How College Financial Aid Works

What about Loans?

This is where we get to the "paying for college after graduation" part -- and that means borrowing money. Borrowing should always be used as a last resort to pay for college. That said, borrowing can and should be used to close the gap between the resources available to your family and the cost of the institution your student wants and deserves to attend.

Tax Credits
Created by Congress, the American Opportunity Credit (formerly the Hope Credit) provides a tax credit based on the family's income and the tuition the family pays. Qualified families may claim up to $2,500 per student. In addition, the Lifetime Learning Tax Credit is available to individuals who file a tax return and owe taxes. Depending upon your income, your family may claim a tax credit of up to $4,000 a year. For details on your eligibility, make sure that you check with your college's financial aid office or the IRS.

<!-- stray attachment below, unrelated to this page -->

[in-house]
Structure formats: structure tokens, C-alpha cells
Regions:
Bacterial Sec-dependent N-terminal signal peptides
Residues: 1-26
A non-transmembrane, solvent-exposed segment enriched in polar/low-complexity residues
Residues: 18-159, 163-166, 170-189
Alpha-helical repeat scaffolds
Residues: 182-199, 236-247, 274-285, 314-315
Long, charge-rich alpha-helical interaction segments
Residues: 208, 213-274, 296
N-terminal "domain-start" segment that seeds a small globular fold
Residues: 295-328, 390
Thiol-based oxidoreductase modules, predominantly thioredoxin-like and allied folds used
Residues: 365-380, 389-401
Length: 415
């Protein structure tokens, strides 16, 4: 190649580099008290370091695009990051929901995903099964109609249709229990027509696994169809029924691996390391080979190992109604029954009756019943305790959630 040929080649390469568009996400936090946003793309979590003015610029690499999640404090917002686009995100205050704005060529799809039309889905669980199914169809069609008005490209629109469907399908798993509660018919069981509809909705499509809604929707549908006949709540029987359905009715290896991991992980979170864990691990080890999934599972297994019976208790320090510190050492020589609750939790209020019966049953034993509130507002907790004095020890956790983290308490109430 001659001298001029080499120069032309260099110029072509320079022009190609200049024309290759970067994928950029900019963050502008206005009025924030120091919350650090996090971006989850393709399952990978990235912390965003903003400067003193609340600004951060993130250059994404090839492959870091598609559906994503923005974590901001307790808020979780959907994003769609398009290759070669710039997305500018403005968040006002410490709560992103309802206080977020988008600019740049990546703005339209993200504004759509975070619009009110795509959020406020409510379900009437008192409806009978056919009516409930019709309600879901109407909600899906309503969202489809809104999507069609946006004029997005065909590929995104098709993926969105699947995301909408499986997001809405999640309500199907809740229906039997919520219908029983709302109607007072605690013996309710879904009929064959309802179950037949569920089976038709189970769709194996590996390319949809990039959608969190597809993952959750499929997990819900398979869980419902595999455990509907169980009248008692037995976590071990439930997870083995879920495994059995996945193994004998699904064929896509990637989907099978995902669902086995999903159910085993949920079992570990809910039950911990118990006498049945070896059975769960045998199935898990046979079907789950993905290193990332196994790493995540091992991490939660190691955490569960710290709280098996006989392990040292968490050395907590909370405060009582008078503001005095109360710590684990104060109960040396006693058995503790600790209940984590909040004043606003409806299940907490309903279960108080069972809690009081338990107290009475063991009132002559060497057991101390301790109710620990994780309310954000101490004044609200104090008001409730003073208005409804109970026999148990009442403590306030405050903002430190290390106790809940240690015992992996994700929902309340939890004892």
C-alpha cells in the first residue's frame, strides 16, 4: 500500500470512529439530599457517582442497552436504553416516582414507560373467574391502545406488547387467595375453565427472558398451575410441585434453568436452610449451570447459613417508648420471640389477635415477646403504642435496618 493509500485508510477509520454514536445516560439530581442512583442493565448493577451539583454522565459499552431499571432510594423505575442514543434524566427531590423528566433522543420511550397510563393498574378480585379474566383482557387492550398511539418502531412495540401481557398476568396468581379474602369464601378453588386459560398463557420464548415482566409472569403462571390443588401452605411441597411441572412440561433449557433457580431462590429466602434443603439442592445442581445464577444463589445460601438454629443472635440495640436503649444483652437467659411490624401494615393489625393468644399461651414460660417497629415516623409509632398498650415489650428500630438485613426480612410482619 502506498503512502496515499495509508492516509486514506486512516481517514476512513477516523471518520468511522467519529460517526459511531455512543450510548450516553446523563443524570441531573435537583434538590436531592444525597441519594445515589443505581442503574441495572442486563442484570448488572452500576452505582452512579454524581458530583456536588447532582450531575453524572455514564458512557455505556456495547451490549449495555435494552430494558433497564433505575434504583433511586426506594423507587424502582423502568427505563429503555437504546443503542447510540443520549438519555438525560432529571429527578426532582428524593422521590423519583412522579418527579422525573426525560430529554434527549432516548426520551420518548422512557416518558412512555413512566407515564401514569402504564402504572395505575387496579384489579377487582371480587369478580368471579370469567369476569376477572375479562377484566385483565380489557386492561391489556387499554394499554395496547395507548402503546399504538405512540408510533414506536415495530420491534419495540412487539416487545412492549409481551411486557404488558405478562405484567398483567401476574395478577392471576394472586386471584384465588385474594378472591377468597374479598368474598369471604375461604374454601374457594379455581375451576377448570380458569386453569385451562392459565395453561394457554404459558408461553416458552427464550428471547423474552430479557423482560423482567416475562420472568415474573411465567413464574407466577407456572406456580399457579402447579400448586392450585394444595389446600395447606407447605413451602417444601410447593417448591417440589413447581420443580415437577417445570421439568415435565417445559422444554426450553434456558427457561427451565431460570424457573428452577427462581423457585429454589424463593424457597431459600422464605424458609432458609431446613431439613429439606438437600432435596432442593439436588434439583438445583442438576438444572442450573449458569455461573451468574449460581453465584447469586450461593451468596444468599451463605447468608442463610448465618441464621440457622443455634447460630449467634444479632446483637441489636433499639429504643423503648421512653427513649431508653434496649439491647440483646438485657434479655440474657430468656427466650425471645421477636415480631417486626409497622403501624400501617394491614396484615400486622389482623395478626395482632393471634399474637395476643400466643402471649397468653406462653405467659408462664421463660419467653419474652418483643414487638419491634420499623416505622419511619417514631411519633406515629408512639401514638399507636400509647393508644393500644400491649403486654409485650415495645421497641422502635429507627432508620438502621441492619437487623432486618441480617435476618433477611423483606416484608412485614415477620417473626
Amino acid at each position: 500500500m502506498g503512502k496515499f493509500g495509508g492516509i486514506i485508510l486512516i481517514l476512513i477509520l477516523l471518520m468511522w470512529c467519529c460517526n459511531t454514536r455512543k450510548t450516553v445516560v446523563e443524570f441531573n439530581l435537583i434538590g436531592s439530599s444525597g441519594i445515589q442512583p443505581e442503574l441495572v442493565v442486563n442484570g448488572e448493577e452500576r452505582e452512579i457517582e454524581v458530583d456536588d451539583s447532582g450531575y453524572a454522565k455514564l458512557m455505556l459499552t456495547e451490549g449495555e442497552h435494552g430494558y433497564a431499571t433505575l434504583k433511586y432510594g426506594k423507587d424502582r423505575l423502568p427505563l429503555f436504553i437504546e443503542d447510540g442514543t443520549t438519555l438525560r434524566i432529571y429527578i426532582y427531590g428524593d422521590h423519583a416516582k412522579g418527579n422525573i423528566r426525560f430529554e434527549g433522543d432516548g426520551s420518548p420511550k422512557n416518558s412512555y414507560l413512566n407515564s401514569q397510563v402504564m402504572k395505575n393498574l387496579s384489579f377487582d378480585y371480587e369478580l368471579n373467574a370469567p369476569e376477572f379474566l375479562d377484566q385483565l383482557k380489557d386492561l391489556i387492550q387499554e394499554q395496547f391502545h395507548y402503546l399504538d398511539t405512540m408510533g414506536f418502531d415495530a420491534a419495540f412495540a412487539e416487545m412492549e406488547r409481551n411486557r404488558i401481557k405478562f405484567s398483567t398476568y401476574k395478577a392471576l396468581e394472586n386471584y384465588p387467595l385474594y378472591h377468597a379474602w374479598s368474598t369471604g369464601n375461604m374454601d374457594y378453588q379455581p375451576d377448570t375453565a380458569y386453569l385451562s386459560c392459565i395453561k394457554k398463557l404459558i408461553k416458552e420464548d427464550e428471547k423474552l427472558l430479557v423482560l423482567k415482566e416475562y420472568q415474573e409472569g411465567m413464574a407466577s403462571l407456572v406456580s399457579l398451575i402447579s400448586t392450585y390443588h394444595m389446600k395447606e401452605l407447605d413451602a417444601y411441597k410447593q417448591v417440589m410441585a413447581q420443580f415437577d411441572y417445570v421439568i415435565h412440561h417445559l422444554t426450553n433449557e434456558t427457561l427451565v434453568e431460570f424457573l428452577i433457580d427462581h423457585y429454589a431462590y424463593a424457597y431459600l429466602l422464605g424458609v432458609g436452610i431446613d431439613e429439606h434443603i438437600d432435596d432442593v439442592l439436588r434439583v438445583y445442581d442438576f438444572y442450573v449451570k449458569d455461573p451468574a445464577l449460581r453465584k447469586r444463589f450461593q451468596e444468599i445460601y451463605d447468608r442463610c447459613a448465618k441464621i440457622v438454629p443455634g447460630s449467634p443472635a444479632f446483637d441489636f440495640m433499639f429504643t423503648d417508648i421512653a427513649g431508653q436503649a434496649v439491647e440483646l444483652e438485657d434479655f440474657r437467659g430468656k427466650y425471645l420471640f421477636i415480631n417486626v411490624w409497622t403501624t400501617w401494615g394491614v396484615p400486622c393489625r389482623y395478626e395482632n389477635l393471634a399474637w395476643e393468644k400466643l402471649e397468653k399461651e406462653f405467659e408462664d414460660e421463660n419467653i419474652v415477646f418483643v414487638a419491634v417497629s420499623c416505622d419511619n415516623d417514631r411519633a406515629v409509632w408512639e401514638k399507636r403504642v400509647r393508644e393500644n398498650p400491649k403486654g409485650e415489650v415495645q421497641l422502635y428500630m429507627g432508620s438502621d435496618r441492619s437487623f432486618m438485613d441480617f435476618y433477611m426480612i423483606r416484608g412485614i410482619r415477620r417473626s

For many families, home equity represents their largest "savings" account. If your home has equity value, you should consider using it to pay for college. Although not always true, home equity loan interest rates are often lower than those charged by commercial loan sources. Additionally, home equity loan interest is tax deductible, which further lowers the cost of attendance. Equally as important as low interest is the fact that home-equity payments can be extended over a longer period than just the four years of enrollment.

There are, of course, student loans and parent loans -- both of which are becoming more important all the time as families struggle to pay the rising costs of higher education. For more on each, read on.